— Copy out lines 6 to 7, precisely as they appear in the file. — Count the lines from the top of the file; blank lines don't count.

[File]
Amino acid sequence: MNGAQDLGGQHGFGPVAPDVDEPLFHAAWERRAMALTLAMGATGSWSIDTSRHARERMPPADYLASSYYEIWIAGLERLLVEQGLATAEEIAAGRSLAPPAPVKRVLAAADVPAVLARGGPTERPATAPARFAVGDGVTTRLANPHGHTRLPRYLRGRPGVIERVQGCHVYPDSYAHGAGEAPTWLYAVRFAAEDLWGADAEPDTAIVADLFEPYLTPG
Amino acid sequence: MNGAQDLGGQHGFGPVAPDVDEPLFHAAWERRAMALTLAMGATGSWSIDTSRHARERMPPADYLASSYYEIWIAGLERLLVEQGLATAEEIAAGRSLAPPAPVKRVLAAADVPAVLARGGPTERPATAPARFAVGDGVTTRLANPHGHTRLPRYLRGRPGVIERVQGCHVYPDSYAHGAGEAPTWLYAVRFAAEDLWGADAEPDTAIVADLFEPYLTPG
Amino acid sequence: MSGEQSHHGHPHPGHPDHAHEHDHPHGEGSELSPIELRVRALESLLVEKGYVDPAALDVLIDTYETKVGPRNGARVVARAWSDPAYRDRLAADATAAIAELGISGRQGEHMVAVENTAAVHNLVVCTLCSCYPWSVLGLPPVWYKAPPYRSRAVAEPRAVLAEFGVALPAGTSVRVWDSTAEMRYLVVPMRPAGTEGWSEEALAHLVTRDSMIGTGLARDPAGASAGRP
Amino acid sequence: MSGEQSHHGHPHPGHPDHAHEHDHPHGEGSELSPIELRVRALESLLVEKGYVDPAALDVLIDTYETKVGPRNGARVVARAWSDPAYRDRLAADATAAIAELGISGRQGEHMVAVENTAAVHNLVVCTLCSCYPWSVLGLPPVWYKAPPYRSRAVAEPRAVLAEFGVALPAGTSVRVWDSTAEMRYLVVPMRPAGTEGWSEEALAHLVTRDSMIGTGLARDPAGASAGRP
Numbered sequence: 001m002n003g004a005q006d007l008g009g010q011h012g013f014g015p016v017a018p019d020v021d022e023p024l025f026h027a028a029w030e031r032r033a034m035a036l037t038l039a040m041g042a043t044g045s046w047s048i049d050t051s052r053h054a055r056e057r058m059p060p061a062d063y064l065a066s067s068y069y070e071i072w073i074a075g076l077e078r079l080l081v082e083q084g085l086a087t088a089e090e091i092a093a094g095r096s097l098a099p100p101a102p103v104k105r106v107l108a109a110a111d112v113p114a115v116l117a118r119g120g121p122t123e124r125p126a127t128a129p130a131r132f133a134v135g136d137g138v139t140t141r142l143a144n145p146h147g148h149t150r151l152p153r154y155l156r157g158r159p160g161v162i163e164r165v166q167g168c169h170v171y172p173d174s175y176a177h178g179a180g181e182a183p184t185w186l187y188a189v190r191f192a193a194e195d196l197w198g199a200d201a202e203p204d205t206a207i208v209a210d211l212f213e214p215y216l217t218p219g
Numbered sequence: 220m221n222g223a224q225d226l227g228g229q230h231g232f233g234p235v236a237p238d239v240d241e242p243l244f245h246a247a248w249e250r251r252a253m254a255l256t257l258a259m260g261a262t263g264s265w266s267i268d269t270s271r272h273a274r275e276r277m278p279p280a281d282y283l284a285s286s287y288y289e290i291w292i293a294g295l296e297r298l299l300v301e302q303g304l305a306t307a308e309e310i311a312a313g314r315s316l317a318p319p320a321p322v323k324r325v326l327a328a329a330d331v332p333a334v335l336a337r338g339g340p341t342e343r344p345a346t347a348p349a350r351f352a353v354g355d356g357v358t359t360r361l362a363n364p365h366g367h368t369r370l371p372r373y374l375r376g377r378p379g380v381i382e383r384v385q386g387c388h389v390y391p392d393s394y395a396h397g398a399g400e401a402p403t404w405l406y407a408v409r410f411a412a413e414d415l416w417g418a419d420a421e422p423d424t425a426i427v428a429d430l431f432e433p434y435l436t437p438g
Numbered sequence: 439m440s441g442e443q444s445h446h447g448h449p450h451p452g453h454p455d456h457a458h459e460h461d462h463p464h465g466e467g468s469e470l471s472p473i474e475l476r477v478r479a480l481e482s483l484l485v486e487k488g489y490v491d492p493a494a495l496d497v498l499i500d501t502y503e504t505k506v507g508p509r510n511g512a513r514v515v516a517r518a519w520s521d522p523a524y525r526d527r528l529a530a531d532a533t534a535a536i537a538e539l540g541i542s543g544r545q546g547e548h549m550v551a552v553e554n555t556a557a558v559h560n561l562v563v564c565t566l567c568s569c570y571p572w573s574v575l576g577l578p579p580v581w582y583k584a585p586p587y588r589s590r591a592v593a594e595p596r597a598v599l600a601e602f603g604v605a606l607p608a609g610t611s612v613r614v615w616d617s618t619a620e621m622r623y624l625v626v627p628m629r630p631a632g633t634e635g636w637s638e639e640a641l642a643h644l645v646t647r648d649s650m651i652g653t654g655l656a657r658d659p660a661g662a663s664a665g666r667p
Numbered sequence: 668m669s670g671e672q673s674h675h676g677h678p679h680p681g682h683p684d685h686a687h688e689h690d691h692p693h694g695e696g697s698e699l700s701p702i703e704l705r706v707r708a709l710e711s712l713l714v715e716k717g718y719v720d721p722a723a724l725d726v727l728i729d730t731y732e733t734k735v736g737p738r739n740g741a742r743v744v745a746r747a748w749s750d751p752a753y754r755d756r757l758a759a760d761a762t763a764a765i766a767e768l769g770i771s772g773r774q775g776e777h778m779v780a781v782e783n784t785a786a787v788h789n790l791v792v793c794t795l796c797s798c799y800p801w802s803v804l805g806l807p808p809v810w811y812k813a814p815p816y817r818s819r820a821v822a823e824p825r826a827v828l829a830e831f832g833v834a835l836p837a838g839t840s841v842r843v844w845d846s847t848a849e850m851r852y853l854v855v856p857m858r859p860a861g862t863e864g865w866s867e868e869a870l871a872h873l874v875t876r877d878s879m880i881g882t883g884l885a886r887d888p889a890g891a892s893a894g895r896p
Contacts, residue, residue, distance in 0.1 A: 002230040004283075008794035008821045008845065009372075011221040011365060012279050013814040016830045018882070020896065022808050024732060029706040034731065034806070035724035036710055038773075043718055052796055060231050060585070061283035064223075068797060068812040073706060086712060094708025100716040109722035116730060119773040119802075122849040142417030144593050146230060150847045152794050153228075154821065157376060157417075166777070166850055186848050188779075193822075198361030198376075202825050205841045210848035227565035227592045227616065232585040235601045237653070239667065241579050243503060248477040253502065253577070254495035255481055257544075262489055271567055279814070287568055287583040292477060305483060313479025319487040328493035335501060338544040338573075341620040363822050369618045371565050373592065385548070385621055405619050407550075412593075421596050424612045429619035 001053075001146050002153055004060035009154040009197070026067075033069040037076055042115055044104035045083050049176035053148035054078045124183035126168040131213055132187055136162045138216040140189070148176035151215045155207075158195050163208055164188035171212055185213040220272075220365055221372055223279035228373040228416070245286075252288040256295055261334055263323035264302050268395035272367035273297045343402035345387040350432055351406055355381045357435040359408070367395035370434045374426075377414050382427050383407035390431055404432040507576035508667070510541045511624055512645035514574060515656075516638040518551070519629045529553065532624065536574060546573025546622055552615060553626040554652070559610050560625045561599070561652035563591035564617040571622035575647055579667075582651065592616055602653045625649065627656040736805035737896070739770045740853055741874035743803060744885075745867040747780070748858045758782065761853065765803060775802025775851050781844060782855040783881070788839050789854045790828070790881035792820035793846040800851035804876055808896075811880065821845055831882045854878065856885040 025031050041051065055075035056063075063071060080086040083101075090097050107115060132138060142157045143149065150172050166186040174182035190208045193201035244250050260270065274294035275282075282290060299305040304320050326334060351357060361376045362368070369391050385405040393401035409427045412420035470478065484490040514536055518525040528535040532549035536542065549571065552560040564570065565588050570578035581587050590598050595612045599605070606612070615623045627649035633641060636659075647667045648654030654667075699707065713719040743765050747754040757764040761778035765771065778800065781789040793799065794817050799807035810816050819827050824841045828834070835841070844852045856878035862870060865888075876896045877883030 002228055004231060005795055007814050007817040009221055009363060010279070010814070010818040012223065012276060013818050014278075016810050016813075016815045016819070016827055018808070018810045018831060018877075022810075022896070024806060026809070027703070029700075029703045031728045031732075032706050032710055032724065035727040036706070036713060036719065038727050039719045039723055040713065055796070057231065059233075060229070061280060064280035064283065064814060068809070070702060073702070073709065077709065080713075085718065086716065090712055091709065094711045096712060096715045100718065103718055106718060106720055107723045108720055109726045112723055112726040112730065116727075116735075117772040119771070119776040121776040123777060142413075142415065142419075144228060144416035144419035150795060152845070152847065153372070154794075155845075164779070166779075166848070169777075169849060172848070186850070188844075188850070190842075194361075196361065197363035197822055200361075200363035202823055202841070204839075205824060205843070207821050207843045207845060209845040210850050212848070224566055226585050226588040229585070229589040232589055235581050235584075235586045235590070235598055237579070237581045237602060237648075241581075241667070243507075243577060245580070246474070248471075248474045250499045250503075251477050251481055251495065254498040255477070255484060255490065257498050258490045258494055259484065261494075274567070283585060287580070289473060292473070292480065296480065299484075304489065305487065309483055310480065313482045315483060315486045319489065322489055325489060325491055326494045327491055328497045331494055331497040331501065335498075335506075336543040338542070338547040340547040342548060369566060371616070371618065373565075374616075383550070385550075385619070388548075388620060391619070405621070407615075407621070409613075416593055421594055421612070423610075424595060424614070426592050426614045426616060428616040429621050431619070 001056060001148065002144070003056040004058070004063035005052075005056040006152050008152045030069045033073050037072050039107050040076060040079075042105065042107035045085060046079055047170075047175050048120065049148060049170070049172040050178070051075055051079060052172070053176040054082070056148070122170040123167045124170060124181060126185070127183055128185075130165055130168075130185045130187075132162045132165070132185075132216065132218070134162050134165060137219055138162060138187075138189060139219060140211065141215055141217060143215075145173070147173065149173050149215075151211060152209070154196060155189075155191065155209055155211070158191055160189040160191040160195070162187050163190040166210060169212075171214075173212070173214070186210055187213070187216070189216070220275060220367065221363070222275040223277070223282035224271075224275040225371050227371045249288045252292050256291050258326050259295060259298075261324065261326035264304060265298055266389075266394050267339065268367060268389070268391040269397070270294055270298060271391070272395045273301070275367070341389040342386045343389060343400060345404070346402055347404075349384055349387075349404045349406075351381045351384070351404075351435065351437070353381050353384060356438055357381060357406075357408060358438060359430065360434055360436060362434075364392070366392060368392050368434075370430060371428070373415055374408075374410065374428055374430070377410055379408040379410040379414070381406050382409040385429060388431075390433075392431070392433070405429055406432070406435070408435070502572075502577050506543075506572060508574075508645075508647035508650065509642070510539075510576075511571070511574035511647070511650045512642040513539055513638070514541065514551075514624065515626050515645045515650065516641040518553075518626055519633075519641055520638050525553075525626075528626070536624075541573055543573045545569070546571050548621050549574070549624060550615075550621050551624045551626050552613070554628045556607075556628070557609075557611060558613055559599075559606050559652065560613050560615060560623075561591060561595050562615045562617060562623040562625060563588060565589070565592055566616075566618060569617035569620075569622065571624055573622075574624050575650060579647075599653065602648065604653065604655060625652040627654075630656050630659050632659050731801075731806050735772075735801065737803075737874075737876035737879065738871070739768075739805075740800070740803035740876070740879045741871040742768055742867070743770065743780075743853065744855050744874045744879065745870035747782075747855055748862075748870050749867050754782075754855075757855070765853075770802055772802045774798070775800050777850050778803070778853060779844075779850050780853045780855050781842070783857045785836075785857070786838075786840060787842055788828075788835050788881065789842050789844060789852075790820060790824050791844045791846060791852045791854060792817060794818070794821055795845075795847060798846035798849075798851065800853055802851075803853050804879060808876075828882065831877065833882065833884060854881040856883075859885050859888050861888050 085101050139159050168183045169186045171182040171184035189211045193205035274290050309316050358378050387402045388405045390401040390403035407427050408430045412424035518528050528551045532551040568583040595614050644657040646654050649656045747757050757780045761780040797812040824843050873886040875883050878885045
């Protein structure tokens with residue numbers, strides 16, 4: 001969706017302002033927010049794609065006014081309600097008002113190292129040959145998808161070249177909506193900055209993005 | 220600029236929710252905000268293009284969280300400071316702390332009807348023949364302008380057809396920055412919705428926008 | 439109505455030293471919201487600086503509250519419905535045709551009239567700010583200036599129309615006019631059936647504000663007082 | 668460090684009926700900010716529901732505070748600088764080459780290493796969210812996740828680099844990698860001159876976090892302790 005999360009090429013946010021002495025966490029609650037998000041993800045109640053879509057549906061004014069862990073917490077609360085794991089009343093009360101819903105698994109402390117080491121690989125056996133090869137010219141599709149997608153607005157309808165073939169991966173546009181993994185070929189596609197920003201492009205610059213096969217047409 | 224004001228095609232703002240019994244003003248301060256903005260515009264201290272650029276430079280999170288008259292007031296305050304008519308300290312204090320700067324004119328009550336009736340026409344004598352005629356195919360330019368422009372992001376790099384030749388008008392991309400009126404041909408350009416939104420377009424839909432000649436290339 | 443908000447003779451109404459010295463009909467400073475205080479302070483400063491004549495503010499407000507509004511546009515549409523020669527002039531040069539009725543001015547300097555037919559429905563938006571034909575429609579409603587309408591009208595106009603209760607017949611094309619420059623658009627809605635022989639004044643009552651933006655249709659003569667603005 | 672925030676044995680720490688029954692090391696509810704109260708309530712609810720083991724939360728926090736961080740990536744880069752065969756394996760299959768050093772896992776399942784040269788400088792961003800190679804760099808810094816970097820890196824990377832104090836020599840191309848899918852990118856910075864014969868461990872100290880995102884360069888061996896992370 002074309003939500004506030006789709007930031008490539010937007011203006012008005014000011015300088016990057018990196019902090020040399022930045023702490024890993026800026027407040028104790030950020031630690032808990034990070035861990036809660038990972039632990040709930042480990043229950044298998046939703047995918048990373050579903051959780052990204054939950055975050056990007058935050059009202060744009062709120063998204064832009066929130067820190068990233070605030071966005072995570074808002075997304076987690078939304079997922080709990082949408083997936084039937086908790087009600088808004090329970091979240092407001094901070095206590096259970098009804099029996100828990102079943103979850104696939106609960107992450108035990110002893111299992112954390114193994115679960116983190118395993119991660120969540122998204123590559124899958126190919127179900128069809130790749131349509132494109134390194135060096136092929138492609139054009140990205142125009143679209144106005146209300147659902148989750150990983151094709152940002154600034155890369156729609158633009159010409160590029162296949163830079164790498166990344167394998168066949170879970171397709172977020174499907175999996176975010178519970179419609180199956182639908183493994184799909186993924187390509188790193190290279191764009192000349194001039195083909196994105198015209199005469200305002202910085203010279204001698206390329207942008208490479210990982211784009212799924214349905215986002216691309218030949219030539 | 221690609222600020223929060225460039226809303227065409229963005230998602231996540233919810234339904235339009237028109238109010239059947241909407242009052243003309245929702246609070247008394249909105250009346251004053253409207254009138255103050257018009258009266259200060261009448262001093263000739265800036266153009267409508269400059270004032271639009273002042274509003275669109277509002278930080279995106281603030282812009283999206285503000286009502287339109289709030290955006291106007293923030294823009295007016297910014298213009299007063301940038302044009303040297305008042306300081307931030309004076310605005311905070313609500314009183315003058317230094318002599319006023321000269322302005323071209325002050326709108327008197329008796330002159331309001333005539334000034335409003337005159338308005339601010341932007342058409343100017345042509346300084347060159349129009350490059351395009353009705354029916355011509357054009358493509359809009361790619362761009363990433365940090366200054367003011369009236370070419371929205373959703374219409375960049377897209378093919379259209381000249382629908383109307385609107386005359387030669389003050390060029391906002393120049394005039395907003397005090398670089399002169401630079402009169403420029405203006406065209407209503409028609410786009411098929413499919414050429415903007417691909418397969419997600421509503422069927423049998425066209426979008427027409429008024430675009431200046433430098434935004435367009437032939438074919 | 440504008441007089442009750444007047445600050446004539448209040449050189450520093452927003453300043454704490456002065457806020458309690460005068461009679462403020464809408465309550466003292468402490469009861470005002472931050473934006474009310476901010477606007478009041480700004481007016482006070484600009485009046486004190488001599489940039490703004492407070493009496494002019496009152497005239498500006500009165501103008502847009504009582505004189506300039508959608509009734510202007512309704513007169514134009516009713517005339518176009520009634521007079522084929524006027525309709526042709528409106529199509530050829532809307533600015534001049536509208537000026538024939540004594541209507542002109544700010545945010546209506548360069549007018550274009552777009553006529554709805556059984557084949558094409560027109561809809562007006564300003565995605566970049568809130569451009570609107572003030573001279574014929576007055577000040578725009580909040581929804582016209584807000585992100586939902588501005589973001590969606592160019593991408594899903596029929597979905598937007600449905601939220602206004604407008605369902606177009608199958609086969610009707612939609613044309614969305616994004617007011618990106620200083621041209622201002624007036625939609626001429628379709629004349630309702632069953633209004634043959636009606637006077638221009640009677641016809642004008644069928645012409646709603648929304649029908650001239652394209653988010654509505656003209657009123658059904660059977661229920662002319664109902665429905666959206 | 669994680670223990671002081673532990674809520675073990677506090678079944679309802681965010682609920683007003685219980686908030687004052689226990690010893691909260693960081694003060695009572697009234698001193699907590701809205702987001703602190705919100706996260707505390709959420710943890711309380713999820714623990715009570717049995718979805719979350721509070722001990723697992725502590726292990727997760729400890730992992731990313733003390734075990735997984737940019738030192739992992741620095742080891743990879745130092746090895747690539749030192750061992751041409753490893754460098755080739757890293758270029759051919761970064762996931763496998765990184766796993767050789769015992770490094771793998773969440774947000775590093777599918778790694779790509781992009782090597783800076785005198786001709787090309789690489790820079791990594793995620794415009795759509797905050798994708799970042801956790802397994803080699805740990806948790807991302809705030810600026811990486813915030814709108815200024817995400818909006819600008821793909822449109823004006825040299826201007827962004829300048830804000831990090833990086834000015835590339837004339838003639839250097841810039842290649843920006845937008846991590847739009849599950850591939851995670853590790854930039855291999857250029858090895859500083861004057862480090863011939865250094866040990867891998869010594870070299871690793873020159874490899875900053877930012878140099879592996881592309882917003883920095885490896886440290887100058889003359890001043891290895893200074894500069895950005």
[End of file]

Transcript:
Numbered sequence: 220m221n222g223a224q225d226l227g228g229q230h231g232f233g234p235v236a237p238d239v240d241e242p243l244f245h246a247a248w249e250r251r252a253m254a255l256t257l258a259m260g261a262t263g264s265w266s267i268d269t270s271r272h273a274r275e276r277m278p279p280a281d282y283l284a285s286s287y288y289e290i291w292i293a294g295l296e297r298l299l300v301e302q303g304l305a306t307a308e309e310i311a312a313g314r315s316l317a318p319p320a321p322v323k324r325v326l327a328a329a330d331v332p333a334v335l336a337r338g339g340p341t342e343r344p345a346t347a348p349a350r351f352a353v354g355d356g357v358t359t360r361l362a363n364p365h366g367h368t369r370l371p372r373y374l375r376g377r378p379g380v381i382e383r384v385q386g387c388h389v390y391p392d393s394y395a396h397g398a399g400e401a402p403t404w405l406y407a408v409r410f411a412a413e414d415l416w417g418a419d420a421e422p423d424t425a426i427v428a429d430l431f432e433p434y435l436t437p438g
Numbered sequence: 439m440s441g442e443q444s445h446h447g448h449p450h451p452g453h454p455d456h457a458h459e460h461d462h463p464h465g466e467g468s469e470l471s472p473i474e475l476r477v478r479a480l481e482s483l484l485v486e487k488g489y490v491d492p493a494a495l496d497v498l499i500d501t502y503e504t505k506v507g508p509r510n511g512a513r514v515v516a517r518a519w520s521d522p523a524y525r526d527r528l529a530a531d532a533t534a535a536i537a538e539l540g541i542s543g544r545q546g547e548h549m550v551a552v553e554n555t556a557a558v559h560n561l562v563v564c565t566l567c568s569c570y571p572w573s574v575l576g577l578p579p580v581w582y583k584a585p586p587y588r589s590r591a592v593a594e595p596r597a598v599l600a601e602f603g604v605a606l607p608a609g610t611s612v613r614v615w616d617s618t619a620e621m622r623y624l625v626v627p628m629r630p631a632g633t634e635g636w637s638e639e640a641l642a643h644l645v646t647r648d649s650m651i652g653t654g655l656a657r658d659p660a661g662a663s664a665g666r667p